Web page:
It's been well-reported that a number of gross things happen to our bodies if we don't shower for a couple of days, yet there's increasing evidence to suggest that showering too often can actually do more harm than good.
Some researchers believe that over-showering can damage the human microbiome, defined by the Genetic Science Centre at the University of Utah as a collection of bacteria, viruses, and other microbes that live in and on our bodies. According to the university, "disrupting our microbial ecosystems can cause disease," and as a recent study published by Science Advances suggests, washing too often may damage these microorganisms which are vital for our health.
The study of the people of Yanomami village in the Amazon, who had "no documented previous contact with Western people," were found to have a "microbiome with the highest diversity of bacteria and genetic functions ever reported in a human group." These people also harboured bacteria which carried antibiotic resistance, despite no known contact with antibiotics.
The study concluded that "westernization significantly affects human microbiome diversity," although as IFL Science points out, there's no published research which clearly links showering to health, nor is there evidence to answer the question, "How often should I shower?"
Still, there are number of people who have been willing to find out if showering daily is really necessary. James Hamblin, senior editor of The Atlantic, charted his journey towards giving up showering all together in an article published in June 2016.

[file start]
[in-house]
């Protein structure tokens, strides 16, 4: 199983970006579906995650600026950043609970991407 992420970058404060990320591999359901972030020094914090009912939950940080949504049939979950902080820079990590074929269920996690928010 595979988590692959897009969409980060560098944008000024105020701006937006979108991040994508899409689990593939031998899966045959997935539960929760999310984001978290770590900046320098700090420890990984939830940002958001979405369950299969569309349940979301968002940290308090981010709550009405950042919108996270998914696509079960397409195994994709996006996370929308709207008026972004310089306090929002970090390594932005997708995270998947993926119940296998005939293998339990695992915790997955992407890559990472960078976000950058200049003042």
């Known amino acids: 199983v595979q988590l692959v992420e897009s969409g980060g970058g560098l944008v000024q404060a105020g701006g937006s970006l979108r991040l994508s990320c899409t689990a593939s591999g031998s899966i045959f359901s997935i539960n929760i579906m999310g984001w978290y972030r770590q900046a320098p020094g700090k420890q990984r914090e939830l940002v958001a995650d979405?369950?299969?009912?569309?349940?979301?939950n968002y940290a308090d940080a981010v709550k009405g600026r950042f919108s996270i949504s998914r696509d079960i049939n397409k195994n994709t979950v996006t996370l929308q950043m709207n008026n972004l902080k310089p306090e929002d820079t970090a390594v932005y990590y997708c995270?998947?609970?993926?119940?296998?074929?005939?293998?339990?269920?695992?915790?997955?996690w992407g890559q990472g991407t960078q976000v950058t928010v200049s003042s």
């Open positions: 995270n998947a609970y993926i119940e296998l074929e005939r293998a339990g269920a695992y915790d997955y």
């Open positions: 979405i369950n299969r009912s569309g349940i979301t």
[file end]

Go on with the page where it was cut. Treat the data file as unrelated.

"At first, I was an oily, smelly beast," Hamblin wrote, but his body soon adjusted to his shower-free routine."When you shower aggressively, you obliterate the ecosystems," he added. "They repopulate quickly, but the species are out of balance and tend to favor the kinds of microbes that produce odor."
Yet the smell doesn't last forever. "After a while...your ecosystem reaches a steady state, and you stop smelling bad. I mean, you don't smell like rosewater or Axe Body Spray, but you don't smell like B.O., either," Hamblin said. "You just smell like a person."
Hamblin's view is shared by New York Times journalist Julia Scott, who swapped shampoos and soap to test a living bacterial skin tonic developed by AOBiome in 2014. After week two of the experiment, Scott's friends commented that she smelt of onions, but after week three, she noticed her skin had become softer and smoother as the "good" bacteria had been allowed to build up.
While clearer skin is definitely a great perk, the thought of giving up showering entirely isn't too appealing. But the idea that cutting down on scrubbing and cleansing could save time, money and water suggests it might just be a positive lifestyle change.
This article originally appeared on Cosmopolitan.co.uk. Minor edits have been made by the Cosmo.ph editors.